As the legendary goths The Cure step into the Manchester Arena for a packed show, they prove they’re still possibly the best band in the world.
Over the last few months The Cure have been returning to high form, from their sporadic touring schedule features three-hour sets to their Bestival 2016 headline slot, it seems like the 57 year old Robert Smith led band isn’t looking to slow down.
However, first in the night was their support act. The Scottish gothic rock band The Twilight Sad, who seem to be a modern Scottish interpretation of The Cure itself, sadly without the strong songs. While they are often claimed as “ear splittingly loud”, they seemed tamer than usual.
While their set was a good attempt at supporting a band like The Cure, there wasn’t enough to hold our attention very long.
Just around 22:10, the lights came down as The Cure hit stage, excitement was in the air and like planned, the crowd blew up once Robert Smith was seen on stage, opening with “Shake Dog Shake”.
It’s magical, for the next few hours we’d be in the palm of their hands. It’s hard to say there’s any band with the longevity of The Cure who still sound as good as they did in yesteryear.
For the next few hours, The Cure focused solely on the back catalogue, pulling off a hit-packed set void of any new material.
“Sinking” proved that tonight was a show along with a concert, the lights perfectly in-time with the music to create an atmosphere expected for the band. A few songs later, we were treated to the duel-smack of “Lovesong” followed quickly by “Just Like Heaven”.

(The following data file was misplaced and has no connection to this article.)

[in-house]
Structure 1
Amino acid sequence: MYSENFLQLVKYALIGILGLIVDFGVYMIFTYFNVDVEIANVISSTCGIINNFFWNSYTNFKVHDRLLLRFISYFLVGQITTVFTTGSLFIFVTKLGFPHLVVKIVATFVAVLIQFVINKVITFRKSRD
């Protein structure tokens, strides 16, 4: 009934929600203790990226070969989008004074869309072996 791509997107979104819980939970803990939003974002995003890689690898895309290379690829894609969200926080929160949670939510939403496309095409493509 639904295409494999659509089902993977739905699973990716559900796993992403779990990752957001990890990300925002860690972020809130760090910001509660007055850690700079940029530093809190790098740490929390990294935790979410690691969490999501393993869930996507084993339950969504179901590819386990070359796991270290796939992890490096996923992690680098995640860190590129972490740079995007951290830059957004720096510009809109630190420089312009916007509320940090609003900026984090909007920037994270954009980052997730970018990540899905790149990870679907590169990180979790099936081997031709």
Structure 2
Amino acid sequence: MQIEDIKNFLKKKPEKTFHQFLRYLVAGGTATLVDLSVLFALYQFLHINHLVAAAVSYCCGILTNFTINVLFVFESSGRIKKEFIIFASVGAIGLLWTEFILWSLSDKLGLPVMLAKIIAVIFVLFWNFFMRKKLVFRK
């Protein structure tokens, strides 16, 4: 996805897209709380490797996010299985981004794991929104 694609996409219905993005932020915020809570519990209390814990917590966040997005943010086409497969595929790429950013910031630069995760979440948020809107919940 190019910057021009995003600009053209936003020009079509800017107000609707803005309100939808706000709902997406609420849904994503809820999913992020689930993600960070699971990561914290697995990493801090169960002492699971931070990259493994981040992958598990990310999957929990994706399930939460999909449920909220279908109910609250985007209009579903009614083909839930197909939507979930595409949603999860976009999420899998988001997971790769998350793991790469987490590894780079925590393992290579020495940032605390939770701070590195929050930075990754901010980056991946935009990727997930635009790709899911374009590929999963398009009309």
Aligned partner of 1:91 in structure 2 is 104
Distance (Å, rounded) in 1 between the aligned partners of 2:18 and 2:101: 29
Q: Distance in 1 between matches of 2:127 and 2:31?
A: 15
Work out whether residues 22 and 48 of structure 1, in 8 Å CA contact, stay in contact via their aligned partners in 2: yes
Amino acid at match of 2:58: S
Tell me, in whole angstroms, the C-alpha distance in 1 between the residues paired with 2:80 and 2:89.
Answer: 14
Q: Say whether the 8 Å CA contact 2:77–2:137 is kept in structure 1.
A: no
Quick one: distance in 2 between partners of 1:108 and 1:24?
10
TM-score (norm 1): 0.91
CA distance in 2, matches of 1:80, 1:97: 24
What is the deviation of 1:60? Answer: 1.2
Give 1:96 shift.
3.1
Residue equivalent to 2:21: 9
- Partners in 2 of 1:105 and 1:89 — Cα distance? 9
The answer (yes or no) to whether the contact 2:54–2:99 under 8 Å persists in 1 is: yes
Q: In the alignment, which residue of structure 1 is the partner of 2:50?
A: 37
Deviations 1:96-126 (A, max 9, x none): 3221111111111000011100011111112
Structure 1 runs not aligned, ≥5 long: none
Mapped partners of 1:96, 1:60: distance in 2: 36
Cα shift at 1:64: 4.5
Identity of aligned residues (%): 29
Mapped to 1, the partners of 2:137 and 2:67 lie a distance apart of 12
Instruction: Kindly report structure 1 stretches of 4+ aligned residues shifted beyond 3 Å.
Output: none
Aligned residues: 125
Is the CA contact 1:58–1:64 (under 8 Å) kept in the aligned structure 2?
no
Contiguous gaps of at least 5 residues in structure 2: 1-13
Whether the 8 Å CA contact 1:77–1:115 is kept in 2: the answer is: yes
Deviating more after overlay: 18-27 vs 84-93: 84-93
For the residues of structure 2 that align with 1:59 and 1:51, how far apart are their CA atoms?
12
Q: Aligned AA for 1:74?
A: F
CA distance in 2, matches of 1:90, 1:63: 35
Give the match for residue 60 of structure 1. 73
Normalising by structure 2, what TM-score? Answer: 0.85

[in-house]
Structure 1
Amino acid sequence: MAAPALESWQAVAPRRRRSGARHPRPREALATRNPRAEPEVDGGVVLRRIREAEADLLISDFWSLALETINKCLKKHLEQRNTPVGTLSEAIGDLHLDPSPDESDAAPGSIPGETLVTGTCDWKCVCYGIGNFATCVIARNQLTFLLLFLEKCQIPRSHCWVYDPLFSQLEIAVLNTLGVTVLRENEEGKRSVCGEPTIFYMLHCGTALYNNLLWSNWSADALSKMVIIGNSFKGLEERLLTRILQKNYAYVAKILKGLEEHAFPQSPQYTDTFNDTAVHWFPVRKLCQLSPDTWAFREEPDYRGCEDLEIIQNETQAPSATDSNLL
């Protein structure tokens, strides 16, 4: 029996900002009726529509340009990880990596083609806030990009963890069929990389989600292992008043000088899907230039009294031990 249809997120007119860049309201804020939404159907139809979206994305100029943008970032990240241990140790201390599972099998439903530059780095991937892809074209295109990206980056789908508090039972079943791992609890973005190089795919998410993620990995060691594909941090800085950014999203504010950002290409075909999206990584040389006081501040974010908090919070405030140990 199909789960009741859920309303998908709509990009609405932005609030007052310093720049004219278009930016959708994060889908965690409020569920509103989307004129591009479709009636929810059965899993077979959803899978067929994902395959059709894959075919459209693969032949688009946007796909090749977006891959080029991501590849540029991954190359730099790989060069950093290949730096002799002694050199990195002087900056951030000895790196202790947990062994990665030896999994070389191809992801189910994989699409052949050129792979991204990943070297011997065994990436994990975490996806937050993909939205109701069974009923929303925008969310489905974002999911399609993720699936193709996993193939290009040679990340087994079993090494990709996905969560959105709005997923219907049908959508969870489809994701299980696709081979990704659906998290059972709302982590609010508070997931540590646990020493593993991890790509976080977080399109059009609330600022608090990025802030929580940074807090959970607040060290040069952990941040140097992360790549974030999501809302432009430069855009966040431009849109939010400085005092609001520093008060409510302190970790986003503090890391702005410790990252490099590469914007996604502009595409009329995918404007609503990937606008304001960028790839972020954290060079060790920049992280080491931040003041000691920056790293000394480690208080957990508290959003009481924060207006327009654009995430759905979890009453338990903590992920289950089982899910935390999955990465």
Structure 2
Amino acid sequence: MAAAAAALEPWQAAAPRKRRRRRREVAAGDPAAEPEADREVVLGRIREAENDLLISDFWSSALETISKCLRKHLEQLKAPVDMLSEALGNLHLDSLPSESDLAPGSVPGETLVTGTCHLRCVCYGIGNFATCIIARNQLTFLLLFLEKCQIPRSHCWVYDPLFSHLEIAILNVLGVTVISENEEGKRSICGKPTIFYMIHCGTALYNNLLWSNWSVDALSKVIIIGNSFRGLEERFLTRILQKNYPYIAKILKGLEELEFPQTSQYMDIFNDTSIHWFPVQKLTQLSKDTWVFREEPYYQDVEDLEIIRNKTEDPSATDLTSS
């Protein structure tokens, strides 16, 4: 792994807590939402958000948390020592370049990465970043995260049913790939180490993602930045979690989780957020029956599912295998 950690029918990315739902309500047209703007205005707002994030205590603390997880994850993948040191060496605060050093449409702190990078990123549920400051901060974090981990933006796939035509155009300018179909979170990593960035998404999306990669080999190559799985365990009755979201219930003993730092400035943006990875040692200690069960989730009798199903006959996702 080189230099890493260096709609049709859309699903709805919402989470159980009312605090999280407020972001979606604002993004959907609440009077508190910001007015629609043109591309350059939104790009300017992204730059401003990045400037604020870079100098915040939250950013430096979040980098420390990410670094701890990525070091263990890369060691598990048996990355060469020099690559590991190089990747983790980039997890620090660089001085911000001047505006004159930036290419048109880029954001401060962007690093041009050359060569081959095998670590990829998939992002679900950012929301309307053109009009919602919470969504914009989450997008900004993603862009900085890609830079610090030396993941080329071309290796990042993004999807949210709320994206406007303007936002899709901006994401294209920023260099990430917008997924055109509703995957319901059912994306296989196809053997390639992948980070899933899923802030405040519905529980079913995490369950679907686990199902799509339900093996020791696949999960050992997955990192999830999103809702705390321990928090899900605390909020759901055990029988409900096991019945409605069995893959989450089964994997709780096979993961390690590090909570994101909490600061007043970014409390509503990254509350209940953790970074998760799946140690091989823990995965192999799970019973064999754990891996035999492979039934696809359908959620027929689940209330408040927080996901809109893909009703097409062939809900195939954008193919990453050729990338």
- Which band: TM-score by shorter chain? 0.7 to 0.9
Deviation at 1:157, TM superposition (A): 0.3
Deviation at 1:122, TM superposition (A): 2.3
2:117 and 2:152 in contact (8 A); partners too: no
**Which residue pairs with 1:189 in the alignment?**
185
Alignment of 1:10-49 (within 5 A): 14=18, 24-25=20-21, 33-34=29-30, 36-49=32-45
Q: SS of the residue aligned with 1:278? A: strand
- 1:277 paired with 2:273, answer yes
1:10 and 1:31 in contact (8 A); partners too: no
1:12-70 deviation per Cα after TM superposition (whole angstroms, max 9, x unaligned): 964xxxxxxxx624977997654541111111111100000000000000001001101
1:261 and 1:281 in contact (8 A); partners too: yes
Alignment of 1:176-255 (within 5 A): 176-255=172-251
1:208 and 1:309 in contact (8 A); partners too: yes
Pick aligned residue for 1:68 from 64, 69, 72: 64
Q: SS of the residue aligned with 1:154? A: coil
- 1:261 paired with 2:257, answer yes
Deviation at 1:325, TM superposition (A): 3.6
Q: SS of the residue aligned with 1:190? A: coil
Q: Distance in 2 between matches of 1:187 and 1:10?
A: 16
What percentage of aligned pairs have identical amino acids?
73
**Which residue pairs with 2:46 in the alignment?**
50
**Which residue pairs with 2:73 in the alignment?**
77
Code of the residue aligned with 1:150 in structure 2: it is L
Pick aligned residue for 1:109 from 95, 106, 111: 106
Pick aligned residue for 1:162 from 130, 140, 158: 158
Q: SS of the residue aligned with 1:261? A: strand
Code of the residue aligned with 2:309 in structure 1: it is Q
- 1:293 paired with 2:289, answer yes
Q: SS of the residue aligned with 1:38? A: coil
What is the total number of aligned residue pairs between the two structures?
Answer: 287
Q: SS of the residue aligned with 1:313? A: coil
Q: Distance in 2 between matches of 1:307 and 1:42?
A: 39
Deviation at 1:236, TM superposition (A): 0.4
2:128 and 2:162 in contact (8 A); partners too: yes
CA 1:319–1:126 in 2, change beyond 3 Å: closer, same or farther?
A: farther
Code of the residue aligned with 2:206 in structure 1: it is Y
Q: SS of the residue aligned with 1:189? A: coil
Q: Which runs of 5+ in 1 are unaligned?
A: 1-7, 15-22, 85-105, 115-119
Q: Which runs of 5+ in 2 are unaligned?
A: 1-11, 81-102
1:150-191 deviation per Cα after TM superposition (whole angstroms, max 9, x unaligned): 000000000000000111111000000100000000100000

Ending the set of “Give Me It”, a few people left unfortunately. Sure to be unknowing to the fact that The Cure usually have three encores, while they did tonight, it was different. Instead of three songs in each, they played a different game.
Coming back after what felt like hours, the band performs “A Forrest” to delight before leaving again. After longer, they return for “Burn” before going once again.
The final time they return, it’s for good. They’re in it to please us, they hit us with “Lullaby”, the soft brooding song that sounds very different live. Immediately after, they hit a stride of hits with “Friday I’m In Love”, “Boys Don’t Cry”, “Close To Me” and ending eventually on “Why Can’t I Be You?”
It seemed Smith injured his voice on “Boy’s Don’t Cry”, after a few moments danced instead of singing. Luckily, he continued for the final two songs almost without fault. Everybody enjoyed themselves (albeit with the obvious moaning about the missing appearance of “Lovecats”).
After a wonderful show, The Cure surely proved that they’re still possibly the greatest live band on the planet and it’d be a treat for anyone to see them in true form.
They play Wembley for three nights December 1st, 2nd and 3rd and some tickets are available.
Words by Jack Cinnamond, photography by Jess Sharpe.